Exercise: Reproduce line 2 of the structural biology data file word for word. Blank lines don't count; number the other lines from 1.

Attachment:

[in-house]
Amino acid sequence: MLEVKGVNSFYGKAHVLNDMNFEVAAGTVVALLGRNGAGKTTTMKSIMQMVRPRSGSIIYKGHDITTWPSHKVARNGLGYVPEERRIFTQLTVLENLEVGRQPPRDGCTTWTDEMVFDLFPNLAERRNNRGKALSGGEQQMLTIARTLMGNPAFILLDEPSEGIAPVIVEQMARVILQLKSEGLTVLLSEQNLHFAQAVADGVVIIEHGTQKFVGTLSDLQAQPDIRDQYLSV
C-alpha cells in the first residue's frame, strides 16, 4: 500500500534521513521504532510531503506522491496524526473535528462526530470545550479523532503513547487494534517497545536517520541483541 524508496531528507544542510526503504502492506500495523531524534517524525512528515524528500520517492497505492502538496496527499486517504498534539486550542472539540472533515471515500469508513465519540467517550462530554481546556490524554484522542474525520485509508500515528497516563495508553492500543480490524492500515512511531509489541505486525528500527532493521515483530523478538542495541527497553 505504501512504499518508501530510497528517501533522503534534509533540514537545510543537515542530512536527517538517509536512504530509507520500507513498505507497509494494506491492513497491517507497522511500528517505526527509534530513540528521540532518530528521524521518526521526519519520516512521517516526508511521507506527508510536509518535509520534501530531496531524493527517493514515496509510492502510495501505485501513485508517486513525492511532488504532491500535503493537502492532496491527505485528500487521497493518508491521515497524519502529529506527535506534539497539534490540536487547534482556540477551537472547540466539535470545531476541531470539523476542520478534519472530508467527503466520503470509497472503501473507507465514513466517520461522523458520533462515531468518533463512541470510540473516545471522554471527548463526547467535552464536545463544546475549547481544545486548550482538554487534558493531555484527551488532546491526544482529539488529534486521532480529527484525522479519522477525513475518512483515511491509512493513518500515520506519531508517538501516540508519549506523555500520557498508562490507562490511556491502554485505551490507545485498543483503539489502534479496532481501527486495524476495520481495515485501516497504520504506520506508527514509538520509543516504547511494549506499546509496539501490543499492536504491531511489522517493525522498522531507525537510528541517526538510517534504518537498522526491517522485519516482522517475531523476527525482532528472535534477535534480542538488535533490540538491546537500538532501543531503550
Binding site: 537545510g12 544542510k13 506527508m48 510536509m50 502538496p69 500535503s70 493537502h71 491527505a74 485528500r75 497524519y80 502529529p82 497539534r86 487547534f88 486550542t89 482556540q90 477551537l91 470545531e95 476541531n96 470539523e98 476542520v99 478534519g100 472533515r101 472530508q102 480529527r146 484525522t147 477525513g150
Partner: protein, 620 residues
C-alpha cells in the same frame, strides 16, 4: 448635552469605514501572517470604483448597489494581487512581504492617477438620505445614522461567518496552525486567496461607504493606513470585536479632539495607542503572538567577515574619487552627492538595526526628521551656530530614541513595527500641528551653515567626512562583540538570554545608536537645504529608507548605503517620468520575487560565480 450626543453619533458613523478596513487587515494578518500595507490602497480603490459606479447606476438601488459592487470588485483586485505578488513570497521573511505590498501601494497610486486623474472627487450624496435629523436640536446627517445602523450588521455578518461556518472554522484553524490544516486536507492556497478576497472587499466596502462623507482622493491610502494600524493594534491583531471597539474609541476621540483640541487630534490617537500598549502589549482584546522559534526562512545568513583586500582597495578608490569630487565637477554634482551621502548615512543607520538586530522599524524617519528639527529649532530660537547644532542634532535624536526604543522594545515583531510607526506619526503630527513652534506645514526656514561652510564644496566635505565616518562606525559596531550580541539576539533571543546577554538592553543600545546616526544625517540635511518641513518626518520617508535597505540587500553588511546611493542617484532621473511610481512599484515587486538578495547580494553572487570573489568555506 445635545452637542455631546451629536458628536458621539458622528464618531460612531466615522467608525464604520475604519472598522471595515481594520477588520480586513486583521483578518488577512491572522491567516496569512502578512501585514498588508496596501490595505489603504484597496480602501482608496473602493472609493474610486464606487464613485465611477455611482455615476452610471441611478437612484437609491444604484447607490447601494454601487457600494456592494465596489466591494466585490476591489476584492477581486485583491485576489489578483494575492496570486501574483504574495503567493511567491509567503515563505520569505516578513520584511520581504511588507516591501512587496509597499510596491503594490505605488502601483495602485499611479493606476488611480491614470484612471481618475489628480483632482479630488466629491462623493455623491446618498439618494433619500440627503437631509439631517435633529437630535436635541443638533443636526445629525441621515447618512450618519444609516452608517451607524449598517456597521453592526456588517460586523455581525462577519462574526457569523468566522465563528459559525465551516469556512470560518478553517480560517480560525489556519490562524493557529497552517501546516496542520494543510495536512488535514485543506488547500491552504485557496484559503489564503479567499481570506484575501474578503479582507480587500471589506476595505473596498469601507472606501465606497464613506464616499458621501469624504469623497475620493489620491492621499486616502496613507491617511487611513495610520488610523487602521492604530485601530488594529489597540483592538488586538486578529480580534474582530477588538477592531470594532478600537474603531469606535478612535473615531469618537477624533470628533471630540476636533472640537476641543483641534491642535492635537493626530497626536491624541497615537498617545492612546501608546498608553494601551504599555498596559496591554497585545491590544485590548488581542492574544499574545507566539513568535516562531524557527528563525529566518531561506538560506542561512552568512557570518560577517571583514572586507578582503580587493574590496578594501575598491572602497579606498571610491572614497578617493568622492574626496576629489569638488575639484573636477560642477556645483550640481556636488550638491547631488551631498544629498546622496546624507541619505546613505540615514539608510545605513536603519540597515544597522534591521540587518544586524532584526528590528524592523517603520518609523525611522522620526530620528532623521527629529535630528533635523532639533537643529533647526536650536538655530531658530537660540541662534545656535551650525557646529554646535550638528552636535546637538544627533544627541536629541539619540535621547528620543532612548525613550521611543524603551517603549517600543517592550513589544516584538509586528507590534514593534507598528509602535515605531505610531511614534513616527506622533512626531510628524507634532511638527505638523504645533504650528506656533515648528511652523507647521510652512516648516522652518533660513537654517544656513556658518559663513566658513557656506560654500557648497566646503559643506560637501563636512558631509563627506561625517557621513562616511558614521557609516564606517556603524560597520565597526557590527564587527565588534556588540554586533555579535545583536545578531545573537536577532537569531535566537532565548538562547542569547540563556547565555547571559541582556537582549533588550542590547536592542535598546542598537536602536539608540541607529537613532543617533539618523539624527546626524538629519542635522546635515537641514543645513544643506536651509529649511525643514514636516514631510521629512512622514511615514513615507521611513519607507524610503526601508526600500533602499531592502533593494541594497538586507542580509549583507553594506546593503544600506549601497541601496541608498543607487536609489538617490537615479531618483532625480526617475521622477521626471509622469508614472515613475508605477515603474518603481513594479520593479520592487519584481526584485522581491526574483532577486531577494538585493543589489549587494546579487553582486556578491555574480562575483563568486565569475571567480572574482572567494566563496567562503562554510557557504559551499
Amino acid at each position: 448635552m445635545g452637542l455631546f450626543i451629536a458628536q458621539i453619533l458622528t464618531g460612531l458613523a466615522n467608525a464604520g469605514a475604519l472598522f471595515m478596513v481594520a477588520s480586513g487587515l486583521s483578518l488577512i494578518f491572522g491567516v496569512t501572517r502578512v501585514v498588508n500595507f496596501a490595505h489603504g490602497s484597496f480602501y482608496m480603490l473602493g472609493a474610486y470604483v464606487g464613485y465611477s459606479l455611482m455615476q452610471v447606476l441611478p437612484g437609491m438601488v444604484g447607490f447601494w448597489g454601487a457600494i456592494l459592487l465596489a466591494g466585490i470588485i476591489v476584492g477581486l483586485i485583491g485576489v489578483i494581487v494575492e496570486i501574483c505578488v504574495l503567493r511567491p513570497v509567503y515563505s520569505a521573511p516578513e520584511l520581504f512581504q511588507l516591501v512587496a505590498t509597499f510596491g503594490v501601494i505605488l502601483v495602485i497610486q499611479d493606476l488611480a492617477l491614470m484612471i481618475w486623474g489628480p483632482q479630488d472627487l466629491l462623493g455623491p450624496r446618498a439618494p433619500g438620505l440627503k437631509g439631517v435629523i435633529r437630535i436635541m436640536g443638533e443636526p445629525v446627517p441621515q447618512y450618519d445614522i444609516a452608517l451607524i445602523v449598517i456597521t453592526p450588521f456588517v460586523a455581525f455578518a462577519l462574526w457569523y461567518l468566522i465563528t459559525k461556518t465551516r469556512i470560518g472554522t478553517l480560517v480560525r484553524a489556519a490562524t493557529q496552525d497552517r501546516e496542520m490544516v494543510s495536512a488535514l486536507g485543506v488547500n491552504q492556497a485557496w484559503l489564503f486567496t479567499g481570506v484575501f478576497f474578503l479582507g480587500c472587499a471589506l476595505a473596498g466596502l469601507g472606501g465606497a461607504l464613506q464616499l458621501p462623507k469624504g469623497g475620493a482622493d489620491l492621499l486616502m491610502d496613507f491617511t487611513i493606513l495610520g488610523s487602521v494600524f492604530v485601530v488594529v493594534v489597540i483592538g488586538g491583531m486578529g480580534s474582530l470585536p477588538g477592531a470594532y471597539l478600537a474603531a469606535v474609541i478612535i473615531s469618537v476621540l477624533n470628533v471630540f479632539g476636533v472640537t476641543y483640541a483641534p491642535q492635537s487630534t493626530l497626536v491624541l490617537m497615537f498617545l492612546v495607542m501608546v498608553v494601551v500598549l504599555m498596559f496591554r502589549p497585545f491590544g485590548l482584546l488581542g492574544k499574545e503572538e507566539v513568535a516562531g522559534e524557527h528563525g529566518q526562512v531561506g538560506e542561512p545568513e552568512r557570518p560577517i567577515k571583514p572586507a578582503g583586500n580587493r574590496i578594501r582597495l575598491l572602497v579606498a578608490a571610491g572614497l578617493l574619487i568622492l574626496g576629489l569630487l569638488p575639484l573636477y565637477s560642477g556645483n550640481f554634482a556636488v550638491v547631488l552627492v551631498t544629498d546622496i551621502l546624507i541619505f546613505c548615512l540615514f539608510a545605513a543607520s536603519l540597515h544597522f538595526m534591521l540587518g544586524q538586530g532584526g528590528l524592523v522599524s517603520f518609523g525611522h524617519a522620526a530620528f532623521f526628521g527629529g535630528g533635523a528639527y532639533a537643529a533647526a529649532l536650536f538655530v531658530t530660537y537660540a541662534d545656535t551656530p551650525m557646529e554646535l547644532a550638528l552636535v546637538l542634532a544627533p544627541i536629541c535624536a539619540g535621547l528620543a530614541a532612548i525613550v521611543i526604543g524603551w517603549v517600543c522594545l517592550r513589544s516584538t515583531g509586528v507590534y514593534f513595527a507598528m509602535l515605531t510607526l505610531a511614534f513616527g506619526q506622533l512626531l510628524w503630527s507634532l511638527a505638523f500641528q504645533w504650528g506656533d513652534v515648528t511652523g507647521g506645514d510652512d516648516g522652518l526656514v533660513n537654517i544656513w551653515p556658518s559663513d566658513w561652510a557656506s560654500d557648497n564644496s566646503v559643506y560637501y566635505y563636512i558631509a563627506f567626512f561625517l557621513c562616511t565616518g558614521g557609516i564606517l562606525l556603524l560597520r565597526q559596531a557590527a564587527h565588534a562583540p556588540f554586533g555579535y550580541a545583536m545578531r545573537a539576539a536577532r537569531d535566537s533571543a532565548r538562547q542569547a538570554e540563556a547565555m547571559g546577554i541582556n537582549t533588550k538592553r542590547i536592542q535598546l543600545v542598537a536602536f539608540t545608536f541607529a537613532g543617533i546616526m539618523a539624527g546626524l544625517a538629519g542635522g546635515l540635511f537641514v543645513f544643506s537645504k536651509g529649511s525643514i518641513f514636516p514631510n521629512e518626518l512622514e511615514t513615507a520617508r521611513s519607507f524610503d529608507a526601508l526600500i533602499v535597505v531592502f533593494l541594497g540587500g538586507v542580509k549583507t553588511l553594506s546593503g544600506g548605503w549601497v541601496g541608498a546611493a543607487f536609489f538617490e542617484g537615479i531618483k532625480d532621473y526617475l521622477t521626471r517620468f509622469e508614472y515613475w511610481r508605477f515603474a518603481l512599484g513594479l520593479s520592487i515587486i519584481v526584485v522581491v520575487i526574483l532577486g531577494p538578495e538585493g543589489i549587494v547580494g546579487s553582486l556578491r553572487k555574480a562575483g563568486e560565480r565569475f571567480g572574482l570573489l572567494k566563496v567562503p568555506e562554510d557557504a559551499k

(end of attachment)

Amino acid sequence: MLEVKGVNSFYGKAHVLNDMNFEVAAGTVVALLGRNGAGKTTTMKSIMQMVRPRSGSIIYKGHDITTWPSHKVARNGLGYVPEERRIFTQLTVLENLEVGRQPPRDGCTTWTDEMVFDLFPNLAERRNNRGKALSGGEQQMLTIARTLMGNPAFILLDEPSEGIAPVIVEQMARVILQLKSEGLTVLLSEQNLHFAQAVADGVVIIEHGTQKFVGTLSDLQAQPDIRDQYLSV